I admire DHH. Not because of Basecamp or HEY, as it never really clicked with me, but I do like his affection towards indie-dev and obviously enabling one of the biggest leaps in the internet history by creating Ruby on Rails. I really believe that without DHH, the world have been a worse place.
In his latest post, “Why we’re leaving the cloud”, DHH mentions that they’re dropping the usage of “the cloud”, and by “the cloud” he means AWS and Google Cloud, in favor of using their own data centers.
One thing worth mentioning before I start to rant: I live in Israel, which is in the Middle East. I grew up having slow internet for most of the services I used and loved, unless they were Israeli, which is… rare. Even Israeli start-ups are running on us-east-1 or us-west-1 because the Israeli market is extremely small, and everyone wants to become “big biznis American”, so “why not start with the biggest market” which does not require a special language (Hebrew) that is written right-to-left.
Running your own data center sounds like a fun experiment. I am running a cluster of Raspberry Pis at home, and it is fun. It works, and it’s personal, and that’s, like DHH mentioned, exactly like the internet should be: distributed. and I like it. Is it production-ready? hell no. Will it ever be? Nope nope nope. Is that humble-bragging? Maybe.
Not leveraging “the cloud” also means that you are left with implementing your own “edge network”. Unless you have your own data centers across the world, you’re limiting your distribution potential to a single region. If you want to enter the European market tomorrow, you’re gonna need to deploy a new data center. That’s not the case with AWS or Google Cloud, of course, where you piggyback the already-deployed data centers.
That message alone is problematic. DHH has many followers and even that I don’t personally use Basecamp’s products, we all regularly use many (what appears to be) Ruby on Rails products. I can see how it’s gonna limit my personal internet consumption. In a world where companies like Vercel are trying to make you globally available, DHH is pushing towards a “distributed” internet which is… localized to the US area?
To be clear, I would want the internet to be distributed. I don’t think companies like Amazon, Google Cloud or even Vercel are doing any harm with it. Everything has a cost. They all enable every company have crazy global infrastructure just like Wix and other big companies could do without these cloud providers. Do we really prioritize “the distributed internet” over “a global internet”? Do we really prioritize ideas and ideals over people?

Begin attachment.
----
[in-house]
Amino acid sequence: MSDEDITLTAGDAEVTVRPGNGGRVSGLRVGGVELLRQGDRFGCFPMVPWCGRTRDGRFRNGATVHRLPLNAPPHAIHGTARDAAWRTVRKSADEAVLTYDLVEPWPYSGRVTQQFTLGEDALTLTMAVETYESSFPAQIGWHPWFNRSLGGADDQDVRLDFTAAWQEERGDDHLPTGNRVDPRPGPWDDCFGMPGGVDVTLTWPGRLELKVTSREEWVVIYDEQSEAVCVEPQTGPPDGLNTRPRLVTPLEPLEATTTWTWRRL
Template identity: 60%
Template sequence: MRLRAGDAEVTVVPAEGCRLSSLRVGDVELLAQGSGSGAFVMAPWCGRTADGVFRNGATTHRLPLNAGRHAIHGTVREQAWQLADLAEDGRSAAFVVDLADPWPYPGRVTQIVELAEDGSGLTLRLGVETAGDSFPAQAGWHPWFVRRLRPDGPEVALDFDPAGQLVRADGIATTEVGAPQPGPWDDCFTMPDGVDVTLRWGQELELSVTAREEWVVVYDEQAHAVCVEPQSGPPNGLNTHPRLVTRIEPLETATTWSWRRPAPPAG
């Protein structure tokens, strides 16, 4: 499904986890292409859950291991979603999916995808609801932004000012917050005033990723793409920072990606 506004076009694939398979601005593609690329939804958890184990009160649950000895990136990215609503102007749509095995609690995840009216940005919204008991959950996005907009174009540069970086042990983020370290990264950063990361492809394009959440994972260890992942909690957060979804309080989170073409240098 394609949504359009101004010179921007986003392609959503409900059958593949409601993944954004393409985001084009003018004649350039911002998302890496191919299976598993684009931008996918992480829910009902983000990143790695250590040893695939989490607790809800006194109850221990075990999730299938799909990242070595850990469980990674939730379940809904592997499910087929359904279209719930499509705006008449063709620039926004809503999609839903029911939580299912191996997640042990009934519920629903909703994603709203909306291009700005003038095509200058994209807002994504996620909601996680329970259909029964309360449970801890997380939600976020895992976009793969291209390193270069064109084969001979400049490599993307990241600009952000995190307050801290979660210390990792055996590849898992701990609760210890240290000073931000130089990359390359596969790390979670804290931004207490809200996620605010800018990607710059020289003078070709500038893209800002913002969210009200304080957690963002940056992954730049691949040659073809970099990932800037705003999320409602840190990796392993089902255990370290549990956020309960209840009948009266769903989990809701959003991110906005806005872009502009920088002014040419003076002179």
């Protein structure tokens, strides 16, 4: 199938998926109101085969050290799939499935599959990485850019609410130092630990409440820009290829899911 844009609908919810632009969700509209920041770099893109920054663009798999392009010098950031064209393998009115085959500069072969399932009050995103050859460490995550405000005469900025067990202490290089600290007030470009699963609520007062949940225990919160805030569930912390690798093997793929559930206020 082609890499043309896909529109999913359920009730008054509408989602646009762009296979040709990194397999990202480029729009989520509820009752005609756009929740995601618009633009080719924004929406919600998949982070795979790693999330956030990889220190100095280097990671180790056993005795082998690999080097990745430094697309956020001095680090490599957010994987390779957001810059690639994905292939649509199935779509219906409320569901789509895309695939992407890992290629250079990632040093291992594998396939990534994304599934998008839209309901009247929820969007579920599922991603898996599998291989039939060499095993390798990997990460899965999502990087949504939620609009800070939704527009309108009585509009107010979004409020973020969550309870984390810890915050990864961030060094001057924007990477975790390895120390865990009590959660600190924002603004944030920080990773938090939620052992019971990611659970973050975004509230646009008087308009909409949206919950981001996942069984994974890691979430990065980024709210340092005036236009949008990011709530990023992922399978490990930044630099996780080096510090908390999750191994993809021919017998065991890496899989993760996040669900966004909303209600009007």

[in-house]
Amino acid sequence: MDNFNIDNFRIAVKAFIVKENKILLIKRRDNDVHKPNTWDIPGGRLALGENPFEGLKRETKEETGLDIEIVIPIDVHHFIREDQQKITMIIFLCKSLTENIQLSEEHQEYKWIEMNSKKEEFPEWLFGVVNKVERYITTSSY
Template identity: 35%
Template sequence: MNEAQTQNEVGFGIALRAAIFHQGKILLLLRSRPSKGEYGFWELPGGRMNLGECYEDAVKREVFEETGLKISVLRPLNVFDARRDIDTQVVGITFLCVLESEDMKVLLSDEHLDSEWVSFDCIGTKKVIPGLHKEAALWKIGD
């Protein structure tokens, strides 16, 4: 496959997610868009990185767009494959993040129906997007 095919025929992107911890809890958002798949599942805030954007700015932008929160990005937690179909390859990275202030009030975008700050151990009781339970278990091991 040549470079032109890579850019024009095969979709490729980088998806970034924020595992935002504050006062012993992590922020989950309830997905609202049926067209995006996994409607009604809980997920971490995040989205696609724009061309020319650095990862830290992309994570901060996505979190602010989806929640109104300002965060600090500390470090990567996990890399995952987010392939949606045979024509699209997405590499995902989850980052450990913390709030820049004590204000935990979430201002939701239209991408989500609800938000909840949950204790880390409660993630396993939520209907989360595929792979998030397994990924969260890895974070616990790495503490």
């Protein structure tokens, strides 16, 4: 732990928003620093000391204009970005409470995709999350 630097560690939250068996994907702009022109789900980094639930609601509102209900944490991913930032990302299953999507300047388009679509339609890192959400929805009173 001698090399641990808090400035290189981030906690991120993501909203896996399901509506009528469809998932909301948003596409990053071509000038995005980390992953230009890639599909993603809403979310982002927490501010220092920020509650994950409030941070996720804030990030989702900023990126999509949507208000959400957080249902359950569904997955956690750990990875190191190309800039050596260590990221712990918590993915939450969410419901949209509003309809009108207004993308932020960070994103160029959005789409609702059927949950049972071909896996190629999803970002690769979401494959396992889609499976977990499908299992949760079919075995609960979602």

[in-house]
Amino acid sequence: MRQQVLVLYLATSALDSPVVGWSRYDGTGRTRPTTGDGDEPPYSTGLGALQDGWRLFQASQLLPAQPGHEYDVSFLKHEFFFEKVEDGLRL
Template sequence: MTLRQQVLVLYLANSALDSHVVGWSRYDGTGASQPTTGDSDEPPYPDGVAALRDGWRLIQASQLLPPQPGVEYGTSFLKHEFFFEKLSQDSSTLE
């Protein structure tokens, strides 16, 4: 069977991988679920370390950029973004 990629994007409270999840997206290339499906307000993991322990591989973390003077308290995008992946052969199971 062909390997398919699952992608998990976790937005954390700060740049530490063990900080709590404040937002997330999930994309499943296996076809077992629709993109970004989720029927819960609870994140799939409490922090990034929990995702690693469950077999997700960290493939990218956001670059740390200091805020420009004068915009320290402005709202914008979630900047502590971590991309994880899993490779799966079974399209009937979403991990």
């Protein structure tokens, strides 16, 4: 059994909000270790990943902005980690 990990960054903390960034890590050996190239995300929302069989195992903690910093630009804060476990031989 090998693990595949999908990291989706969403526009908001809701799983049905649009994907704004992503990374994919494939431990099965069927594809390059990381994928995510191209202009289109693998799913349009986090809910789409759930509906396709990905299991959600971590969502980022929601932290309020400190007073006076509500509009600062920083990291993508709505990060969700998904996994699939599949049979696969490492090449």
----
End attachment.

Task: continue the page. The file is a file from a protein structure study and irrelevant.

Let’s discuss the costs too. I am no cloud cost expert, but hear me out and feel free to correct me if I’m wrong, which is the best feature of the internet:
DHH mentions that HEY is paying $0.5m USD to AWS. This is for data storage & their search engine, both are compute and storage heavy infrastructure. A team that will run this 24/7 will be more expensive. Period. Especially at US rates. “You know how many beefy servers you can buy with $0.5m USD?” that does not matter if you don’t calculate the on-call and 24/7 maintenance. When you go global to allow non-US citizens to enjoy your product (if you will, at all), you will need multiple teams.
We also don’t know what $0.5m USD means for Basecamp. Is it a lot? Is it a fraction of their revenue? Also: why is paying for services that help you is a bad thing? You are supporting other companies that provide you great value. What’s the difference if you’re paying them for the services or employing your own ops team to run the infra?
What if Basecamp or HEY didn’t use RDS, and a different service? Did they question their monolithic architecture? How come “the cloud” is to blame but not their architectural design? Will running a service that scales to zero and autoscales when necessary, like a serverless/edge function, might affect their bills? Running interactions on the front-end instead of the back-end?
So many open questions. So many things that I don’t understand in. I like how they are trying to question the status quo, but I am not sure that’s the right call here.
That being said, I hope their migration will be successful.